Reception, Reading, and Book Signing with Abbie Gascho Landis: "Immersion: Diving into the Stories of Science"
Abbie Gascho Landis, winner of the 2015 CDS Documentary Essay Prize for Writing, will give a talk, “Immersion: Diving into the Stories of Science,” and read from her newly published book Immersion: The Science and Mystery of Freshwater Mussels. She will be signing books both before and after her reading.
Thursday, April 27: reception at 6, talk at 7
Center for Documentary Studies at Duke University
The CDS Documentary Essay Prize honors the best in documentary photography and writing in alternating years: one year, photos; one year, writing. The focus is on current or recently completed work from a long-term project. The 2015 prize competition was awarded in writing.
In Abbie Gascho Landis’s winning essay, "Immersion: Our Native Mussels and Bodies of Freshwater,” the writer and veterinarian snorkels in creeks, explores large rivers, visits laboratories, and interviews biologists in order to document "these remarkable animals." In her essay, Landis weaves personal experience into her investigation of native mussels and their freshwater habitats as one way of looking at water issues in the Deep South and elsewhere in the United States. To read more about Abbie Gascho Landis' prizewinning essay, click here. An excerpt from her winning essay is below:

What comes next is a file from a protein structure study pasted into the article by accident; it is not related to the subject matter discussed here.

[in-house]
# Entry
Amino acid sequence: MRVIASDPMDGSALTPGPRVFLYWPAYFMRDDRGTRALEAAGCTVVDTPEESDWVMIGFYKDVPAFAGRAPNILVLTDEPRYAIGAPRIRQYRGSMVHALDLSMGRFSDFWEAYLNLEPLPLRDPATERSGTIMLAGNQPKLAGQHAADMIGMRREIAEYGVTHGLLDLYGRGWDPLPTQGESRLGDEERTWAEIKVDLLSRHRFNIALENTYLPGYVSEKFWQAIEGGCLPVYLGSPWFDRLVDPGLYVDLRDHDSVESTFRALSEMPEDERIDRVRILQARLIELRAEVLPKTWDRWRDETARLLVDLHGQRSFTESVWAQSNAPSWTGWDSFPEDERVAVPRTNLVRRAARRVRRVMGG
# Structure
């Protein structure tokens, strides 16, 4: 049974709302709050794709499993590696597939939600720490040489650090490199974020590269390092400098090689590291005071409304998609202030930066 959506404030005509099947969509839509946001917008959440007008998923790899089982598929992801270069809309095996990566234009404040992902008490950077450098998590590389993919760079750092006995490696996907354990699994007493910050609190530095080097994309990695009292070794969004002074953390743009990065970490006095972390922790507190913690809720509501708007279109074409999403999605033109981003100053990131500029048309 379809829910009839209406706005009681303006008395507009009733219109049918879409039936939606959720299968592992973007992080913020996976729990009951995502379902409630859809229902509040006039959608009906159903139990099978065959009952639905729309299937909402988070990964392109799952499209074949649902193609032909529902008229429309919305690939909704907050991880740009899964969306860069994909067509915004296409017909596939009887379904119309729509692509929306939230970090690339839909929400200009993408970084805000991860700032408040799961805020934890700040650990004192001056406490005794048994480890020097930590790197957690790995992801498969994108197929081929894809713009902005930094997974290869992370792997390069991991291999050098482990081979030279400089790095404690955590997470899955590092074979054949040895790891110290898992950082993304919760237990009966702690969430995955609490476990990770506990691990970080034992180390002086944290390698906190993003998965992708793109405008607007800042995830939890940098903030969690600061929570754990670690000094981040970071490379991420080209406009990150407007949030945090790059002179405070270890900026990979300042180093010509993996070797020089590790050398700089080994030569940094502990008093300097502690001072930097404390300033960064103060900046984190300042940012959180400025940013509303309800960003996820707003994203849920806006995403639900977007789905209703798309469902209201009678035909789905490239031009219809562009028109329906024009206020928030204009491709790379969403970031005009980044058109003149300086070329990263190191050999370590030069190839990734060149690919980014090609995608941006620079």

[Mussels] have been called naiads, after Greek mythology’s freshwater nymphs, each linked inextricably to a particular stream or river. Some mussels are widespread, while some exist only in a single river system and some—like the Tar River spinymussel—live in only a few creek sites. Mussels evolved with their river’s flow and geology, requiring particular river bottom habitat. Their need for host fish links them to vulnerable fish diversity.
Human-driven changes to creeks and rivers often disrupt water flow and quality, destroy the creek bed, and alter fish populations. When a waterway changes, mussels are the first to know. They may die outright, or be unable to reproduce. Like the check engine light on a dashboard, mussels indicate when there’s a problem with how their river is running. . . .
By now I have become a freshwater mussel groupie. I fawn over photographs. . . . I stalk them from a distance, writing their names in my notebooks: fatmucket, pistolgrip, heelsplitter, shinyrayed pocketbook, spectaclecase, pigtoe, snufflebox. I pore over their bios. Posters of mussels hang in our bedroom.
Abbie Gascho Landis writes a blog, thedigandflow.com, and is a veterinarian at the Cobleskill Veterinary Clinic in Cobleskill, New York. Landis has received an Arthur DeLong Writing Award and was a finalist for the Constance Rooke Creative Nonfiction Award in 2013. She has a bachelor’s degree in English and biology from Goshen College and a doctorate in veterinary medicine from Ohio State University.